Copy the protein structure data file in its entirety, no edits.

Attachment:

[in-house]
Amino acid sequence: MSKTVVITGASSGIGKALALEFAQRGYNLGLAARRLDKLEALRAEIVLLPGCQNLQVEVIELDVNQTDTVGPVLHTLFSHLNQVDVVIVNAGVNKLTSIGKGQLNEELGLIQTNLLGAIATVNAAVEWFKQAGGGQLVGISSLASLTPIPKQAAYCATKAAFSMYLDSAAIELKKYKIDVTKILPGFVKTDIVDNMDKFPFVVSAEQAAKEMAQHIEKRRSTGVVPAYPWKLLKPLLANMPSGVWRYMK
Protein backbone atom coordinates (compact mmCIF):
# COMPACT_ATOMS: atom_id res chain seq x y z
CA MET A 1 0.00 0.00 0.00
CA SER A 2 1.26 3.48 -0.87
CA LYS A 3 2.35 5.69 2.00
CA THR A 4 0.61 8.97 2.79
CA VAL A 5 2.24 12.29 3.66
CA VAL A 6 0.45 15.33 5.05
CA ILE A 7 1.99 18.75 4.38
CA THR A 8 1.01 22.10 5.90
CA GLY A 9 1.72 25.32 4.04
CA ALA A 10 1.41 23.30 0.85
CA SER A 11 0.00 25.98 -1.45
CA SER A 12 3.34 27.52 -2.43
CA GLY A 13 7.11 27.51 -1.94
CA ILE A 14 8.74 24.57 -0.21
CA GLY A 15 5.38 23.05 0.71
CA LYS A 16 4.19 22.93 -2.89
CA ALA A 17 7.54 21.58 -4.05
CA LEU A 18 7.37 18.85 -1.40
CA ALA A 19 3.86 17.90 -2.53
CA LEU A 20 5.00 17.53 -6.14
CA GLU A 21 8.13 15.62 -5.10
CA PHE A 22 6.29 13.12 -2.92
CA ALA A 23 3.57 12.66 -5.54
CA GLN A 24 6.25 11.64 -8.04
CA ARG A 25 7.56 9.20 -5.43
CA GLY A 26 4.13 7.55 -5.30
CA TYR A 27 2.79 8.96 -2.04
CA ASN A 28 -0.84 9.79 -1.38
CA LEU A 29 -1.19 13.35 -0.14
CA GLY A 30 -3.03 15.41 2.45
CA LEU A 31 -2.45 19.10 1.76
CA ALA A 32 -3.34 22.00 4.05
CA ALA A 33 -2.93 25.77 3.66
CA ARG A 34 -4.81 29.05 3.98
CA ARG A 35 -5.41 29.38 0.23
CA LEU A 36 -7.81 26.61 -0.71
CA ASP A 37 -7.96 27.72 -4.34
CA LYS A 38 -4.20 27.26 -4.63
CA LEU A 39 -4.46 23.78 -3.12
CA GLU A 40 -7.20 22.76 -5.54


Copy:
[in-house]
Amino acid sequence: MSKTVVITGASSGIGKALALEFAQRGYNLGLAARRLDKLEALRAEIVLLPGCQNLQVEVIELDVNQTDTVGPVLHTLFSHLNQVDVVIVNAGVNKLTSIGKGQLNEELGLIQTNLLGAIATVNAAVEWFKQAGGGQLVGISSLASLTPIPKQAAYCATKAAFSMYLDSAAIELKKYKIDVTKILPGFVKTDIVDNMDKFPFVVSAEQAAKEMAQHIEKRRSTGVVPAYPWKLLKPLLANMPSGVWRYMK
Protein backbone atom coordinates (compact mmCIF):
# COMPACT_ATOMS: atom_id res chain seq x y z
CA MET A 1 0.00 0.00 0.00
CA SER A 2 1.26 3.48 -0.87
CA LYS A 3 2.35 5.69 2.00
CA THR A 4 0.61 8.97 2.79
CA VAL A 5 2.24 12.29 3.66
CA VAL A 6 0.45 15.33 5.05
CA ILE A 7 1.99 18.75 4.38
CA THR A 8 1.01 22.10 5.90
CA GLY A 9 1.72 25.32 4.04
CA ALA A 10 1.41 23.30 0.85
CA SER A 11 0.00 25.98 -1.45
CA SER A 12 3.34 27.52 -2.43
CA GLY A 13 7.11 27.51 -1.94
CA ILE A 14 8.74 24.57 -0.21
CA GLY A 15 5.38 23.05 0.71
CA LYS A 16 4.19 22.93 -2.89
CA ALA A 17 7.54 21.58 -4.05
CA LEU A 18 7.37 18.85 -1.40
CA ALA A 19 3.86 17.90 -2.53
CA LEU A 20 5.00 17.53 -6.14
CA GLU A 21 8.13 15.62 -5.10
CA PHE A 22 6.29 13.12 -2.92
CA ALA A 23 3.57 12.66 -5.54
CA GLN A 24 6.25 11.64 -8.04
CA ARG A 25 7.56 9.20 -5.43
CA GLY A 26 4.13 7.55 -5.30
CA TYR A 27 2.79 8.96 -2.04
CA ASN A 28 -0.84 9.79 -1.38
CA LEU A 29 -1.19 13.35 -0.14
CA GLY A 30 -3.03 15.41 2.45
CA LEU A 31 -2.45 19.10 1.76
CA ALA A 32 -3.34 22.00 4.05
CA ALA A 33 -2.93 25.77 3.66
CA ARG A 34 -4.81 29.05 3.98
CA ARG A 35 -5.41 29.38 0.23
CA LEU A 36 -7.81 26.61 -0.71
CA ASP A 37 -7.96 27.72 -4.34
CA LYS A 38 -4.20 27.26 -4.63
CA LEU A 39 -4.46 23.78 -3.12
CA GLU A 40 -7.20 22.76 -5.54